Economists and politicians often have views based on logical projection and past data, but human beings are an evolving race, and many assumptions now need to be overhauled.

Bad Times Are Good

A crisis helps draw awareness towards our fellow human beings, with our starting to embrace dependency, community, and solidarity, something not visible in normal circumstances.

Though we have to keep a physical distance in these strange times, we embrace each other more warmly.

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We're not immune to collapse

Societies of the past and present are just complex systems comprising of people and technology.

Although we have better technologies, we are not immune to the threats that faced our ancestors. If anything, our technological abilities bring more challenges. Our globalized economic system may be more likely to cause a crisis to spread.

A roadmap of past collapses

Although there is no conclusive explanation of why civilizations collapse, there are factors that can contribute.

  • Climatic change can result in disaster, resulting in crop failure, starvation, and desertification. The Akkadians, the Mayan, the Roman Empire, and many others coincided with abrupt climatic changes.
  • Ecological collapse theory: When societies overdo the carrying capacity of their environment, e.g., excessive deforestation, water pollution, soil degradation, and the loss of biodiversity.
  • Inequality and oligarchy: As a population increases, the supply of labor outstrips demand, workers become cheap and society top-heavy. Political violence follows.
  • Complexity: Accumulated complexity and bureaucracy eventually leads to collapse. The returns from complexity eventually reach a point of diminishing returns, causing collapse.
  • External shocks: War, natural disasters, famine, and plagues. The Aztec Empire was brought to its knees by Spanish invaders. Early agrarian states were passing due to deadly epidemics.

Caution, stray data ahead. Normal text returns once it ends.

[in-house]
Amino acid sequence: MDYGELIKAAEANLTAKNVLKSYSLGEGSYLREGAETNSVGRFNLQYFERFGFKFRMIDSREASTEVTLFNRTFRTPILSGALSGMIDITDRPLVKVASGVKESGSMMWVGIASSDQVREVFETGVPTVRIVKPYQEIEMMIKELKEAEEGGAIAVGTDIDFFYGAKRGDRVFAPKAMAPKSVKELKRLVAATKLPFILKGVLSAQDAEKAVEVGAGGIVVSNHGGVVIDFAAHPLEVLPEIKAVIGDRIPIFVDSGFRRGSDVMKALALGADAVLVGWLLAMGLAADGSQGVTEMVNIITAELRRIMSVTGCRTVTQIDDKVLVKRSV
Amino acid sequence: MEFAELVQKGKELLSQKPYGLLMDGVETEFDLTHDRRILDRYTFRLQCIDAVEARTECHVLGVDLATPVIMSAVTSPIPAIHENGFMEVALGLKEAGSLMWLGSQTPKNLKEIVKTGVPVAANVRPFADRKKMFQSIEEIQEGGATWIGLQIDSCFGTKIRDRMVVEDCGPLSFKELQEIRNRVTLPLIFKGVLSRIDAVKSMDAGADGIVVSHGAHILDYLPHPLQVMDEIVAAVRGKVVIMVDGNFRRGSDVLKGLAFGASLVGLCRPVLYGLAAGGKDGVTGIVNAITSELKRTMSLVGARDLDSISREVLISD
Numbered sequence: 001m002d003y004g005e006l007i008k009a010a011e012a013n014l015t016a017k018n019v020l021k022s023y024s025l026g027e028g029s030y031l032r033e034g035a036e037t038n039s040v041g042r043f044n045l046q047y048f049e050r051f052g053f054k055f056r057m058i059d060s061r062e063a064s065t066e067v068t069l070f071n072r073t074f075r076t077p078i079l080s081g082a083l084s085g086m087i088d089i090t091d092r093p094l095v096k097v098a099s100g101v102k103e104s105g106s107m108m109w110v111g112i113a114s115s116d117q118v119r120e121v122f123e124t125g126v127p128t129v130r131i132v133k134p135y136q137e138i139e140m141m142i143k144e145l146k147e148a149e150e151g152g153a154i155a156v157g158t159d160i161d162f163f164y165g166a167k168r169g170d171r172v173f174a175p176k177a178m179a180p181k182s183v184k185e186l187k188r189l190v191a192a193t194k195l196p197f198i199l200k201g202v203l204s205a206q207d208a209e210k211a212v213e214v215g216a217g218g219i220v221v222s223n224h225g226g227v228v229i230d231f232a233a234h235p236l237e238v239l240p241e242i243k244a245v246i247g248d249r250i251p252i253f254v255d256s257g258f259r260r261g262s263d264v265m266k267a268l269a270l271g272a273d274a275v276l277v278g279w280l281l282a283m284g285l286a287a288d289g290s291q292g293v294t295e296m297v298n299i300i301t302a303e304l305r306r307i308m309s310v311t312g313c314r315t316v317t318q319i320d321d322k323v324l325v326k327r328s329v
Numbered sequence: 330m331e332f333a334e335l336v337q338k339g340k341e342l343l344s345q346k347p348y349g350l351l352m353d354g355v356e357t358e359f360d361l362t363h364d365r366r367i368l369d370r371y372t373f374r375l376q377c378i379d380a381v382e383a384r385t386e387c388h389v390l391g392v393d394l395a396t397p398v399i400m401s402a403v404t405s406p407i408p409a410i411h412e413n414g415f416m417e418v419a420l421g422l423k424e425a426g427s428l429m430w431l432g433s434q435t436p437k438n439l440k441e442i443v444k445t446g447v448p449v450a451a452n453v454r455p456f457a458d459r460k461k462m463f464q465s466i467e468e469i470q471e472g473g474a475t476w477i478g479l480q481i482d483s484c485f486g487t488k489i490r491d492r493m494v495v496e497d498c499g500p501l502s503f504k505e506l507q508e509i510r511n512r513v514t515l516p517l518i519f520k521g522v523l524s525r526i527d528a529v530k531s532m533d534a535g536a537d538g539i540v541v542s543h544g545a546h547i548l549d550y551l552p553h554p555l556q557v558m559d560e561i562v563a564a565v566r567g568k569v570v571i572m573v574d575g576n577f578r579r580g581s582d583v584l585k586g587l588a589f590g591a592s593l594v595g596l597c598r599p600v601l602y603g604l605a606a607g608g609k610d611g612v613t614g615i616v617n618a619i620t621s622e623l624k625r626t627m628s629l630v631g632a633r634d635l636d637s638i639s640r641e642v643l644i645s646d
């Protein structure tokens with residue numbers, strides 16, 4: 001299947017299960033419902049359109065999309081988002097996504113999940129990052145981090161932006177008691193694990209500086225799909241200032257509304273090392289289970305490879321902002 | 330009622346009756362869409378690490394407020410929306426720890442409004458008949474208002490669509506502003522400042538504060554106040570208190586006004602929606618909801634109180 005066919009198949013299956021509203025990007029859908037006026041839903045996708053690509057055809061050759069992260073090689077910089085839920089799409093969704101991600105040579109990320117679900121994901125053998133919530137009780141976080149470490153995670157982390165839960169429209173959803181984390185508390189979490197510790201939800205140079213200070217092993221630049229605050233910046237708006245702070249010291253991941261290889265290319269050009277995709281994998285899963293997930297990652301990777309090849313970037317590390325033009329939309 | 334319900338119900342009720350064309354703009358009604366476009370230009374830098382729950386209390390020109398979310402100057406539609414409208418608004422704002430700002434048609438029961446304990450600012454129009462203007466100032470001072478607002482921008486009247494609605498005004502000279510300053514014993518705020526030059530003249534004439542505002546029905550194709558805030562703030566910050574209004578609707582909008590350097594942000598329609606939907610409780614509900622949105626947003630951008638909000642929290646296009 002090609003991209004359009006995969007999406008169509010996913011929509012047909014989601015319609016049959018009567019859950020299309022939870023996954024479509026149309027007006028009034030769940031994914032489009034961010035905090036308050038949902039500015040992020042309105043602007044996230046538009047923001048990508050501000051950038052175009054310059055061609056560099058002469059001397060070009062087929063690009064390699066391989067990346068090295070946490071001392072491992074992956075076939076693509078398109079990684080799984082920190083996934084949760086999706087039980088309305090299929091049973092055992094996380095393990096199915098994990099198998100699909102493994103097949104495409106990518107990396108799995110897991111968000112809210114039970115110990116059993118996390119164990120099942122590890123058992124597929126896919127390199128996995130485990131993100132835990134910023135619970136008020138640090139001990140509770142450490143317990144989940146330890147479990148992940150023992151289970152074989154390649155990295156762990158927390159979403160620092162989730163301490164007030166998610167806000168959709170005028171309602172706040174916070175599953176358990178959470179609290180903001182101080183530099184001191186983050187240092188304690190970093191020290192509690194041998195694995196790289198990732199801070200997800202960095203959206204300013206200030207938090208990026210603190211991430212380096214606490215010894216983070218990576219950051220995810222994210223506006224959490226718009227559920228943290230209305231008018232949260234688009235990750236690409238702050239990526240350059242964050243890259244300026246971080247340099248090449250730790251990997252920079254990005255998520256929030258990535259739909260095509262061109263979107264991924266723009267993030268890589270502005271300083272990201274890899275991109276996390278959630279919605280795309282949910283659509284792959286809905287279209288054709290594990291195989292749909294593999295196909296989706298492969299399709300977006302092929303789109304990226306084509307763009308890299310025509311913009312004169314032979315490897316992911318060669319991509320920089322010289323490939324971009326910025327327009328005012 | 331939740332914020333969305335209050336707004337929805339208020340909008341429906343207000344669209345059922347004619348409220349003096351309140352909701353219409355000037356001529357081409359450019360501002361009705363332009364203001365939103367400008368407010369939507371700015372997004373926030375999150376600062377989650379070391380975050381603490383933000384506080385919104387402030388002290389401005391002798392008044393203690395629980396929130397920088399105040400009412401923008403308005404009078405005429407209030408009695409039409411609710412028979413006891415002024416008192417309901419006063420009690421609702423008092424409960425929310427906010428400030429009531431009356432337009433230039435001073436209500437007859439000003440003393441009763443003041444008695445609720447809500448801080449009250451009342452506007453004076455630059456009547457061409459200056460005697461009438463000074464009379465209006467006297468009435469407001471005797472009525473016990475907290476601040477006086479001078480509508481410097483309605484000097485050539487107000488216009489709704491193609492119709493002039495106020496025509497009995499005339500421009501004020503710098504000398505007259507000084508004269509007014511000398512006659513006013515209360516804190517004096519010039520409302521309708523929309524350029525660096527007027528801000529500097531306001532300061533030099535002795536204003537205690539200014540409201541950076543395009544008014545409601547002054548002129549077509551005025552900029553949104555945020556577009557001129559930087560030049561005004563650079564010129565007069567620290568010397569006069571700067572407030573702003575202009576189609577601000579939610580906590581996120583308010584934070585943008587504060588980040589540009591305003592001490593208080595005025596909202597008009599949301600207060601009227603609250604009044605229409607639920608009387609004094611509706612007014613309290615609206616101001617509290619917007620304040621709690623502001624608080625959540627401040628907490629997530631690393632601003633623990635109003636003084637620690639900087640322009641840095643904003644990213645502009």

• Randomness: Collapse is often random and independent of age.

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  • A social infrastructure: society needs a supply of creative innovators who are willing and able to challenge their physical environment in order to better themselves.
  • Social incentives: there need to be incentives in place to encourage innovation.
  • Social attitude: a creative society has to be diverse and tolerant. People must be open to new ideas and individuals.
Joel Mokyr
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“Invention occurs at the level of the individual, and we should address the factors that determine individual creativity. Individuals, however, do not live in a vacuum. What makes them implement, improve and adapt new technologies, or just devise small improvements in the way they carry out their daily work depends on the institutions and the attitudes around them.”

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The new normal

Global companies, from the UK to the US, Japan to South Korea, have recently rolled out mandatory work-from-home policies amid the spread of the new virus.

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Clear communication

The key to working from home is clear communication with your boss. Your manager might not be used to managing people virtually or may not have a ready-to-go suite of tools for remote workers.

To prevent a breakdown in communication, you need to know exactly what's expected of you from day-to-day. Ask your boss for a 10-minute video call to start and end the day. Reach out to coworkers and managers regularly so that you won't get forgotten.

Treat it like a real job
  • Don't lounge around in your pajamas. Treat it like a real job.
  • Create a space exclusively for work that is removed from distractions, just like you would at your office desk.
  • Create boundaries within your home that your family members understand when you're 'at work.'
  • Bookend your day. If you can't enter and leave a physical office that creates more precise boundaries, use psychological transitions like a 20-minute coffee in the morning, then exercise right after work.